Posts from ‘Ford’
Note: In 2013, Ford is still struggling with glitches and consumer complaints regarding its MyFord Touch interface control system, available in all of its cars and SUVs as well as the Ford F-Series. Presented here is a MyFord Touch-related article from August 2011 that we feel is still relevant today.
On the day that Google used high-tech graphics to honor Lucille Ball’s 100th birthday, auto-technology expert Jason Vieau had a lot of esplainin’ to do about MyFord Touch.
The controversial interface control system is so sophisticated, and has generated so much consumer frustration, that Ford dealerships have begun to stage technology workshops to explain it all. Arlington Heights (Illinois) Ford held two of them on the morning of Saturday, August 6, 2011.
Seven Ford customers, all in their 50s or older, arrived for the 10:30 tutoring session. Don Lane, a white-haired grandfather originally from Georgia, knew he had a lot to learn about the MyFord Touch system in his new Ford Edge. “It’s a bit overwhelming, to be honest with you,” he said.
On a humid, overcast morning, Vieau invited Lane into a Ford Explorer that would remain parked in the lot (with the air conditioning on, thank God) throughout the training session. Bruce Smith, a bespectacled 50-something who would take detailed notes with his pen and paper, climbed into the back seat with me.
Roush Mustangs are known for their loud, menacing exhaust note. When we drove the 2014 Roush Mustang Stage 3 with the 675-horsepower Phase 3 package, we captured that exhilarating, ferocious noise. Here it is. (Adjust your volume accordingly.)
It’s the Earth lover’s dream-come-true: an electric car that’s powered by the sun!
In late 2011, SunPower announced partnerships with Ford and Nissan regarding the Ford Focus Electric and Nissan Leaf. A year and a half later, a small number of these electric car owners are pursuing this option. Some believe that it not only makes sense for the environment, it could actually make sense for them financially.
On the homes of Focus Electric and Leaf owners, SunPower is able to install solar energy systems that involve approximately 150 square feet of solar panels. Each system is able to generate enough electricity to power an electric car. SunPower stated that each 2.5-kilowatt system produces about 3,000 kilowatt hours (kWh) of electricity per year, which they claim would be enough juice to power a Focus Electric for 12,000 miles and a Leaf for 10,000 miles.
In an age in which the heroes of auto racing are often backed by big money and equally big egos, LeMons racers are backed by pocket change and a flair for the absurd.
By the way, don’t in any way confuse “LeMons” (as in lemons) with “Le Mans” (as in the famed road race in France), though that’s of course the play on words the organizers intended. Whereas teams spend millions of dollars to field a Le Mans car, teams are supposed to spend no more than $500 to field a LeMons car.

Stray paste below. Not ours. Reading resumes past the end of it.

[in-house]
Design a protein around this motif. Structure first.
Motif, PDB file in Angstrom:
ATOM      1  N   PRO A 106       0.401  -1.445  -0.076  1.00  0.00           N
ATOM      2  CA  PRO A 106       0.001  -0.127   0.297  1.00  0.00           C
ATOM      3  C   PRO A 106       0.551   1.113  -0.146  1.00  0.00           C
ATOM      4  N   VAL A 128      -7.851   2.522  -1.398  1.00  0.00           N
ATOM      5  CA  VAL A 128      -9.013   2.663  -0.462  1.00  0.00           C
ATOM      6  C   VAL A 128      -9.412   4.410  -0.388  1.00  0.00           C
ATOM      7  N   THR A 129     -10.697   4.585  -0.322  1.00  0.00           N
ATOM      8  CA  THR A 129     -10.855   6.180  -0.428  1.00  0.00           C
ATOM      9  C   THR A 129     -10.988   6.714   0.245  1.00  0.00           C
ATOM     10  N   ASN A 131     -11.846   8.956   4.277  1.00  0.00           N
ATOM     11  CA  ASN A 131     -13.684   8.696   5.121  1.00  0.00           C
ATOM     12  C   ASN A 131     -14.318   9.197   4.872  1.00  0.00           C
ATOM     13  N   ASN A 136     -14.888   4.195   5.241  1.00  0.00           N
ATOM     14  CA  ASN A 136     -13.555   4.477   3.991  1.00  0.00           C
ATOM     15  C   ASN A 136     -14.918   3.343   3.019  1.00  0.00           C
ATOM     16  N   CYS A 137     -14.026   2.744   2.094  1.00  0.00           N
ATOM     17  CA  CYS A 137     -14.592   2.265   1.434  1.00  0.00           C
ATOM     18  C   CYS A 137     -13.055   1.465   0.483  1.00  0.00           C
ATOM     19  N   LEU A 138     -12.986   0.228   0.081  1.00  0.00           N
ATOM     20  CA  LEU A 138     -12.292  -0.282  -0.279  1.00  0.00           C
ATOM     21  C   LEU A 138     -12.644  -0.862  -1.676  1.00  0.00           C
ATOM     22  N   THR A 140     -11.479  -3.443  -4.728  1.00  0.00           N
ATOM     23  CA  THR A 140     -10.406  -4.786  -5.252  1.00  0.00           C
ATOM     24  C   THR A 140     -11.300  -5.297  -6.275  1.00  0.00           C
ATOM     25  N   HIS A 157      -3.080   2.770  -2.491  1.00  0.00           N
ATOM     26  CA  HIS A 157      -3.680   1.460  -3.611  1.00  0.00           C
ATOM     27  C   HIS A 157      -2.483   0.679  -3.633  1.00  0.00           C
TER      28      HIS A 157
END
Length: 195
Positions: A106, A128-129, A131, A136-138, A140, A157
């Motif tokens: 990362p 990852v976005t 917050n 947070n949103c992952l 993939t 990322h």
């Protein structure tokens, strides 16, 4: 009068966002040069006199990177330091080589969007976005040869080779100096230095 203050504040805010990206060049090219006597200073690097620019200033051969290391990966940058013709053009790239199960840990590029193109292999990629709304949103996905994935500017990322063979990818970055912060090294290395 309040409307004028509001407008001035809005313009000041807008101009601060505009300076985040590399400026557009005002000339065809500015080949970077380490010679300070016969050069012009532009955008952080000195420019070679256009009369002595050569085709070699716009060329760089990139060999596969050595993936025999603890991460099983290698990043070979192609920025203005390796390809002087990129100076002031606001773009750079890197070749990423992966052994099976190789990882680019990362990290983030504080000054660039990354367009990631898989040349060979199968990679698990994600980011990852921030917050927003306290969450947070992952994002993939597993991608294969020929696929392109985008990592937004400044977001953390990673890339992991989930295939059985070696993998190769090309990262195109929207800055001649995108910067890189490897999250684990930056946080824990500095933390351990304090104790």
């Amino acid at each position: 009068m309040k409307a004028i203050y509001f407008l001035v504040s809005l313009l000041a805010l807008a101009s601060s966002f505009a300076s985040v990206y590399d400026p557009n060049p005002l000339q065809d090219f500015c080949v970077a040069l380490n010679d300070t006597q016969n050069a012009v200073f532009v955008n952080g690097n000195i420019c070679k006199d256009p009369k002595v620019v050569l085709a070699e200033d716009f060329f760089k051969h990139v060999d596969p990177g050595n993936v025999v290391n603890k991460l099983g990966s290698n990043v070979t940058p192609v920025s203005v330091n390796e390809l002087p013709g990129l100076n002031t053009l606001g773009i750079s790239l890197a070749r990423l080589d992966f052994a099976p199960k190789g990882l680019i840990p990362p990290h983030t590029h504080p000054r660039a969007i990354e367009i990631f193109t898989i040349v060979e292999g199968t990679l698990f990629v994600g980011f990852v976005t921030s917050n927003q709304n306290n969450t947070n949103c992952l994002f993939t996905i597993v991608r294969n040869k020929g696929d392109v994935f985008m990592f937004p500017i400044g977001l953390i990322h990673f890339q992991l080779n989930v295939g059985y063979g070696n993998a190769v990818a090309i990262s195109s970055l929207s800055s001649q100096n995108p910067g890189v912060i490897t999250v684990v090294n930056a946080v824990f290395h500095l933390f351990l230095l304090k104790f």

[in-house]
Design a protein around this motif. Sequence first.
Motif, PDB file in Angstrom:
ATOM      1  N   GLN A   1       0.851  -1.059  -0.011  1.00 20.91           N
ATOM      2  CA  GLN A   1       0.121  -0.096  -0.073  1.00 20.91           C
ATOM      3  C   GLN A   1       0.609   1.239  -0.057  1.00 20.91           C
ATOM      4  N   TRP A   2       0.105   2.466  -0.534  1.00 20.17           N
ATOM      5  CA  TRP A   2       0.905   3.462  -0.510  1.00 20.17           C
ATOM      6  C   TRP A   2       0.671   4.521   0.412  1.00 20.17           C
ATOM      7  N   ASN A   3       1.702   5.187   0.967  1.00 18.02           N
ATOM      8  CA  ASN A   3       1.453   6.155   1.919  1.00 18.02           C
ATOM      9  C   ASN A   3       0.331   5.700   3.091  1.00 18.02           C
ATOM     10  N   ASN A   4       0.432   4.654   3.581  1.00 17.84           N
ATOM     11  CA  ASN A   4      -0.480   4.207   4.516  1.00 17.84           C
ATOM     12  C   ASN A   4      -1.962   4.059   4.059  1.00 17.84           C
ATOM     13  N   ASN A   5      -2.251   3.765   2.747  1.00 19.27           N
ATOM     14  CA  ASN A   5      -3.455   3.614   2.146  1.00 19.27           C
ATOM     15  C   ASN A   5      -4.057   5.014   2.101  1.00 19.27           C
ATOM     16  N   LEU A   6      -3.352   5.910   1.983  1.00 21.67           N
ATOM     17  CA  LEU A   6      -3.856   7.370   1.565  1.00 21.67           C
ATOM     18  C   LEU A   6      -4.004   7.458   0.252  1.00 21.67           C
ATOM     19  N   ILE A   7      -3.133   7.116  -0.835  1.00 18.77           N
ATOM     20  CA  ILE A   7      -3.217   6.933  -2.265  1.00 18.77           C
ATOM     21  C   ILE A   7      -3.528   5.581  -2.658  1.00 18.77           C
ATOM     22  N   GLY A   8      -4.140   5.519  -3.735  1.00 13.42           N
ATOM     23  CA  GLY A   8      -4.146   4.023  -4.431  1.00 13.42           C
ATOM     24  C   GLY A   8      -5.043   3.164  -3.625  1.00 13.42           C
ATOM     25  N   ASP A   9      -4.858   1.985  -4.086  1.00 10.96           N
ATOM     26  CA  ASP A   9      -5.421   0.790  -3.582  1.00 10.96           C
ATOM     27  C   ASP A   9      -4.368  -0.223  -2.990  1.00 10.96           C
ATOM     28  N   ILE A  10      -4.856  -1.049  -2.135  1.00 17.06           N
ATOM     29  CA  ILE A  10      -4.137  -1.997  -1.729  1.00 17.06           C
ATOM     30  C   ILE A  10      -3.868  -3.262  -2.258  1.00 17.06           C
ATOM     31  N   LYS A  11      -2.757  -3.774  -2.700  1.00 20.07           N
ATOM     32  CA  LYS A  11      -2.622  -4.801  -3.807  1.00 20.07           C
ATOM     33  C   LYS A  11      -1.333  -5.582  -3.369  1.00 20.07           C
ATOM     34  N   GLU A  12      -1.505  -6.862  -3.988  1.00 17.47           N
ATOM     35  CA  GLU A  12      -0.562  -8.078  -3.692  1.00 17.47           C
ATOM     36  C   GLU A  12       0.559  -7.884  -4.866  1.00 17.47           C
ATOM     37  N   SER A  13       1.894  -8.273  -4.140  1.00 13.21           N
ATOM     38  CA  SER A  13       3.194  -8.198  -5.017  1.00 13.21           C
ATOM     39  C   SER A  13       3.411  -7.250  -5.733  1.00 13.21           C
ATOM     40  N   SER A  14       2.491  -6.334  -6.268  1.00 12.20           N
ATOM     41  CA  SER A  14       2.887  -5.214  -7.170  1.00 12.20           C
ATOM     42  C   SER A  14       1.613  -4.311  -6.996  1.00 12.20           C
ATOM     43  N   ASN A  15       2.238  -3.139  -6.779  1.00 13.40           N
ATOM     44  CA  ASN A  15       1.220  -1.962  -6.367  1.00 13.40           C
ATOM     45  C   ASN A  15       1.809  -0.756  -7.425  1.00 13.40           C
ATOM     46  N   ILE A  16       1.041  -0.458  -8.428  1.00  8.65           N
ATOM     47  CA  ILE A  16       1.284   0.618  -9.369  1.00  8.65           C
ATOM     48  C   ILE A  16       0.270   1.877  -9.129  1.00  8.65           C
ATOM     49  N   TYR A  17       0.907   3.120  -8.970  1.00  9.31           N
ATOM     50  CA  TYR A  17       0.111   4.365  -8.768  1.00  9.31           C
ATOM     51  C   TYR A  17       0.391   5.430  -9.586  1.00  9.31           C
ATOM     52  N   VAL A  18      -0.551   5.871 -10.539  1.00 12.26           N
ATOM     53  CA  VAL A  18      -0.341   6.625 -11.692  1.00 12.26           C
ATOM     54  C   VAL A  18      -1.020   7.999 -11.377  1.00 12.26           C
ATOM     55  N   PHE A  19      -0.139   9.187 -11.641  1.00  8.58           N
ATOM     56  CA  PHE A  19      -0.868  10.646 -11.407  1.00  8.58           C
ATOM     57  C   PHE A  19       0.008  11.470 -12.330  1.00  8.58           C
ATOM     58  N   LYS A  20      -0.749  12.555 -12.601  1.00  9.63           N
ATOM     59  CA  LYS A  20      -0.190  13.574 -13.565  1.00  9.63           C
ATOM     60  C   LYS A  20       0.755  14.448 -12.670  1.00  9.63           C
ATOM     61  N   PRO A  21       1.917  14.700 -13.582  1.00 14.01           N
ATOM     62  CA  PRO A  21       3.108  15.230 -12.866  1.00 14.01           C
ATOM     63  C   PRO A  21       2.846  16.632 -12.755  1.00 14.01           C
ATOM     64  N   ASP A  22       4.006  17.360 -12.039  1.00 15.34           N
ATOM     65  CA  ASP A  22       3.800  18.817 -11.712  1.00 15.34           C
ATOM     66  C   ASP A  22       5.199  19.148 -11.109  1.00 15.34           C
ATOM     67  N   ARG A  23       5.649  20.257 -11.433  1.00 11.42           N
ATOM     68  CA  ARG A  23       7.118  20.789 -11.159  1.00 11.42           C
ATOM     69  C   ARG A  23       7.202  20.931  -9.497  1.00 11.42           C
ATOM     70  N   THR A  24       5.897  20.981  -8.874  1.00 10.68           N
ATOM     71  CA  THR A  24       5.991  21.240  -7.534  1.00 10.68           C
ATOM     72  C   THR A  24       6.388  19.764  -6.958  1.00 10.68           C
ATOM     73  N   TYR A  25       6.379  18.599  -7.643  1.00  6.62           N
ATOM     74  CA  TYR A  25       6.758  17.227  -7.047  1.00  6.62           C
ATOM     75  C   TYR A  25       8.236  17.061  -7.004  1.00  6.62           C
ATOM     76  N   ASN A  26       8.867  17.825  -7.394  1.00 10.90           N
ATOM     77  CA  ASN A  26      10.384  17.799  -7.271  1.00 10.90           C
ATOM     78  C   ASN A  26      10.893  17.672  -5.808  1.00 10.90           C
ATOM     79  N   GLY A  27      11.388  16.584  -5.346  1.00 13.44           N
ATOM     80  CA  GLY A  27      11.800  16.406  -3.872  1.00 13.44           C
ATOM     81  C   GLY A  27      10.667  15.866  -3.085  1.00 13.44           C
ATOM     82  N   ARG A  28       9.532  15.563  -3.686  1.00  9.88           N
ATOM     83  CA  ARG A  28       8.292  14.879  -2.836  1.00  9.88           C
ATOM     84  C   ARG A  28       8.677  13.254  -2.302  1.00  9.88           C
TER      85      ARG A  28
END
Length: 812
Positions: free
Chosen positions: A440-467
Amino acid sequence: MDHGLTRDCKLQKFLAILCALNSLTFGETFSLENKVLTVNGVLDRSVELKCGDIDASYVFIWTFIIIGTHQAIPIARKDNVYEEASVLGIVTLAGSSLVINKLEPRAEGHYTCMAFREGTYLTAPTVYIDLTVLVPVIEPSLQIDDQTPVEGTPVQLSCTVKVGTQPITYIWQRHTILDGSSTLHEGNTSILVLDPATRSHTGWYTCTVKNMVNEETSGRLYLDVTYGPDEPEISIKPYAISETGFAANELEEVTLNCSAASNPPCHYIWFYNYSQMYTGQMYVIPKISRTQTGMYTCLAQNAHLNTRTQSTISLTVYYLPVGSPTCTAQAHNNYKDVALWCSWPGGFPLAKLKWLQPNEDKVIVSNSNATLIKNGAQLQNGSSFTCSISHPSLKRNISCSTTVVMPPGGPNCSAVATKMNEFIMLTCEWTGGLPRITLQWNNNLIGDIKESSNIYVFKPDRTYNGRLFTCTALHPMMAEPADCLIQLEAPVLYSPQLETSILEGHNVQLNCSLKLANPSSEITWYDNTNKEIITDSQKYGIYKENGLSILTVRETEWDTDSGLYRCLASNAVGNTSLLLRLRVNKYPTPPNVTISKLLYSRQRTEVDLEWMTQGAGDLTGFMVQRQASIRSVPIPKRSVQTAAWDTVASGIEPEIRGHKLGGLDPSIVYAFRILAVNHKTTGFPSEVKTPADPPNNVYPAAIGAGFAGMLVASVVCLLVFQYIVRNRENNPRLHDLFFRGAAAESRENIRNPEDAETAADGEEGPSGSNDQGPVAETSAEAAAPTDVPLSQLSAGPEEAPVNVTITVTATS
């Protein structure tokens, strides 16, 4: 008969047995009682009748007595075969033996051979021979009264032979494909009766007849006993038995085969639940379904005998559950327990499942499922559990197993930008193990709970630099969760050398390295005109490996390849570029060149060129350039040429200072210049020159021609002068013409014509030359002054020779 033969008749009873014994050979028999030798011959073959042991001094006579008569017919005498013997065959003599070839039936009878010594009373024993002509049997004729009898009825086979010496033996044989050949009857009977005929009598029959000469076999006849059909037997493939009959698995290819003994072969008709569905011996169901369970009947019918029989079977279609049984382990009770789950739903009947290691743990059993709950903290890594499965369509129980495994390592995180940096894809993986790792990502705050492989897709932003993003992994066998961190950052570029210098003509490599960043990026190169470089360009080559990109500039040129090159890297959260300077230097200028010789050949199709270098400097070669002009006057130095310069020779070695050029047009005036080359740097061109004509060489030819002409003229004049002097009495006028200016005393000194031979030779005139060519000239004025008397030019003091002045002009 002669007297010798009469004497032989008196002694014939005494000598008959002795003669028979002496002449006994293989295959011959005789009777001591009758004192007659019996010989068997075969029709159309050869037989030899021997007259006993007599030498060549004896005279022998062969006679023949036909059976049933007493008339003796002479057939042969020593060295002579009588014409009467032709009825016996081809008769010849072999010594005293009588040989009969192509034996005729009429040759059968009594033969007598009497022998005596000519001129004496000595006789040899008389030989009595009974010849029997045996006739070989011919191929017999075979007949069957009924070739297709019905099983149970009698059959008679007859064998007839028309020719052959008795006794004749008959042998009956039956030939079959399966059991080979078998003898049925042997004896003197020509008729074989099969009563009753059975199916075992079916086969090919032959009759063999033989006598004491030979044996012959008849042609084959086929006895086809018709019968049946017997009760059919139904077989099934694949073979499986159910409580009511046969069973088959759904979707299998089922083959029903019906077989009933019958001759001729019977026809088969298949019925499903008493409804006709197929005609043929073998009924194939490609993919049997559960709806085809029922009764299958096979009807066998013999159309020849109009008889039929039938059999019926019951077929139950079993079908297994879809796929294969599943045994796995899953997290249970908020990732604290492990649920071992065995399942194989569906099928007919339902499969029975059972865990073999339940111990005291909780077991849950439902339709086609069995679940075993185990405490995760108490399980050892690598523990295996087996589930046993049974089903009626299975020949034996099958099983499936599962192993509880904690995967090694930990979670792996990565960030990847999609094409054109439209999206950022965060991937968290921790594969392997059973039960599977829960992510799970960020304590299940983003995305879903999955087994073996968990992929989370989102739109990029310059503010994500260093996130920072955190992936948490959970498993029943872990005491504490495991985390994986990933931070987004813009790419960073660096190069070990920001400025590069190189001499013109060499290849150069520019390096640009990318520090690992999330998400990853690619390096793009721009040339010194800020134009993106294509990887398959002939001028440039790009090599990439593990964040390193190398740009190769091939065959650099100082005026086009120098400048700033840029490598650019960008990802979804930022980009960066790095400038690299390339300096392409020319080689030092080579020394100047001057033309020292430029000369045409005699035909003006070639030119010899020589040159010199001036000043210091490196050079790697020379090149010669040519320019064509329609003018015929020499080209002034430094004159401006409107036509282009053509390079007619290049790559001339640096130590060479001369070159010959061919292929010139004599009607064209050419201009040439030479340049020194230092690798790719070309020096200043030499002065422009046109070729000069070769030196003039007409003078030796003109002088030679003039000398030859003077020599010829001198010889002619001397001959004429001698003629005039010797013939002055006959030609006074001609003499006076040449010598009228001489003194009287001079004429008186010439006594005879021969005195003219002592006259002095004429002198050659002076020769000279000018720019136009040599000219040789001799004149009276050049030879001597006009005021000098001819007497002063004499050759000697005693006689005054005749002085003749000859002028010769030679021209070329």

Yep; you read that right: $500. The rules state that you can deduct any parts sold off a donor car to arrive at that figure (such as interior pieces and windows you don’t need), and in time-honored racing tradition, there’s probably some cheating in this regard. But for the most part, the cars start out as bona fide beaters.
Now, that $500 doesn’t include safety equipment, which the rules regard as tires, brakes, and the mandatory roll cage and fire extinguisher. Nor does it include the encouraged “cosmetics,” which can run the gamut from sloppy paint schemes to outrageous costumes. And yes, we mean for the cars.
List three is all about car/SUV-based pickups. Maybe you’re seeing more of these around than I am, because my impression is that they’ve all but vanished. Like most rarely seen vehicles, unless you see one on a regular basis, you likely don’t see any of these oddities at all. Let us know if you spot one, and we’ll add your name to the Daily Drive Sharp-Eyed Reader List*.
1982-1984 Dodge Rampage/1983 Plymouth Scamp
I’ll just admit this up front: I think these are pretty cool. Based on the Dodge Omni 024 (which became the Charger for 1983) and clone Horizon TC3 (which became the Tourismo for 1983), the Rampage and Scamp are pretty transparently nothing more than pickup beds grafted onto the backs of sporty coupes. But that’s okay, because the resulting rides are arguably handsome enough. While the Rampage qualifies as rare, with only about 37,000 examples produced over three years, the Scamp is positively elusive. Just 2,000 or so copies of this last-ever Plymouth pickup were built.
I write a lot about the effects of the great American automotive downsizing that began in the late ’70s. Most of the cars shrunken at the time suffered from looking ill-proportioned or just from having changed too much too suddenly. Sure, this wasn’t always the case. Most folks paying attention at the time found the 1977 redesign of the Chevrolet Impala and Caprice to be an unmitigated success. Still, I would argue that, at best, most of the cars of the period could be described as inoffensive.